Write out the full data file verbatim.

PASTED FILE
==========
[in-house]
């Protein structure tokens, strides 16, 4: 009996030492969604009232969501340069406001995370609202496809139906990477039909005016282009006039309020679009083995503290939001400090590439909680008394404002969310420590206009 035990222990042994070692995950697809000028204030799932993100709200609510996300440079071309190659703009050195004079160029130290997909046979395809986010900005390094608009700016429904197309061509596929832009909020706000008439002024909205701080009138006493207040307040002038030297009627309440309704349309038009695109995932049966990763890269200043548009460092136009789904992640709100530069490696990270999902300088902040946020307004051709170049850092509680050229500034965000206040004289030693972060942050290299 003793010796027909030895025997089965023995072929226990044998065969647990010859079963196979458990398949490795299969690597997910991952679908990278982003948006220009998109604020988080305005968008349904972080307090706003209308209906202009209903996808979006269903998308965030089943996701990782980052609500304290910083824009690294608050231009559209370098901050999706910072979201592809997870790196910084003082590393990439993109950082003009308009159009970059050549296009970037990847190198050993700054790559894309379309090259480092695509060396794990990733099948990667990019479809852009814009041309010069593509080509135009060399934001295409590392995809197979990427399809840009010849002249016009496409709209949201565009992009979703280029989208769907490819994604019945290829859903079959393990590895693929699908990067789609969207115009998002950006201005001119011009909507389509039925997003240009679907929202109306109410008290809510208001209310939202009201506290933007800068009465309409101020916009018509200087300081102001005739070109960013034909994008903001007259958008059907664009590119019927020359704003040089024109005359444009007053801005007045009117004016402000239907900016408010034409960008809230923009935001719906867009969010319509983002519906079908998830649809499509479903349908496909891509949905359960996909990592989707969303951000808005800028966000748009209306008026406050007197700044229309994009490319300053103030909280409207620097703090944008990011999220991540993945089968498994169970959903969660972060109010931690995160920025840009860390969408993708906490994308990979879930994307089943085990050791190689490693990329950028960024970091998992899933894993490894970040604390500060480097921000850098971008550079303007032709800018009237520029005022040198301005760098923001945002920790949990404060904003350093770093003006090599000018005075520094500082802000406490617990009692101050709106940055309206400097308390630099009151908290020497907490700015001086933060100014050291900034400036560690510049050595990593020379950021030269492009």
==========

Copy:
[in-house]
């Protein structure tokens, strides 16, 4: 009996030492969604009232969501340069406001995370609202496809139906990477039909005016282009006039309020679009083995503290939001400090590439909680008394404002969310420590206009 035990222990042994070692995950697809000028204030799932993100709200609510996300440079071309190659703009050195004079160029130290997909046979395809986010900005390094608009700016429904197309061509596929832009909020706000008439002024909205701080009138006493207040307040002038030297009627309440309704349309038009695109995932049966990763890269200043548009460092136009789904992640709100530069490696990270999902300088902040946020307004051709170049850092509680050229500034965000206040004289030693972060942050290299 003793010796027909030895025997089965023995072929226990044998065969647990010859079963196979458990398949490795299969690597997910991952679908990278982003948006220009998109604020988080305005968008349904972080307090706003209308209906202009209903996808979006269903998308965030089943996701990782980052609500304290910083824009690294608050231009559209370098901050999706910072979201592809997870790196910084003082590393990439993109950082003009308009159009970059050549296009970037990847190198050993700054790559894309379309090259480092695509060396794990990733099948990667990019479809852009814009041309010069593509080509135009060399934001295409590392995809197979990427399809840009010849002249016009496409709209949201565009992009979703280029989208769907490819994604019945290829859903079959393990590895693929699908990067789609969207115009998002950006201005001119011009909507389509039925997003240009679907929202109306109410008290809510208001209310939202009201506290933007800068009465309409101020916009018509200087300081102001005739070109960013034909994008903001007259958008059907664009590119019927020359704003040089024109005359444009007053801005007045009117004016402000239907900016408010034409960008809230923009935001719906867009969010319509983002519906079908998830649809499509479903349908496909891509949905359960996909990592989707969303951000808005800028966000748009209306008026406050007197700044229309994009490319300053103030909280409207620097703090944008990011999220991540993945089968498994169970959903969660972060109010931690995160920025840009860390969408993708906490994308990979879930994307089943085990050791190689490693990329950028960024970091998992899933894993490894970040604390500060480097921000850098971008550079303007032709800018009237520029005022040198301005760098923001945002920790949990404060904003350093770093003006090599000018005075520094500082802000406490617990009692101050709106940055309206400097308390630099009151908290020497907490700015001086933060100014050291900034400036560690510049050595990593020379950021030269492009």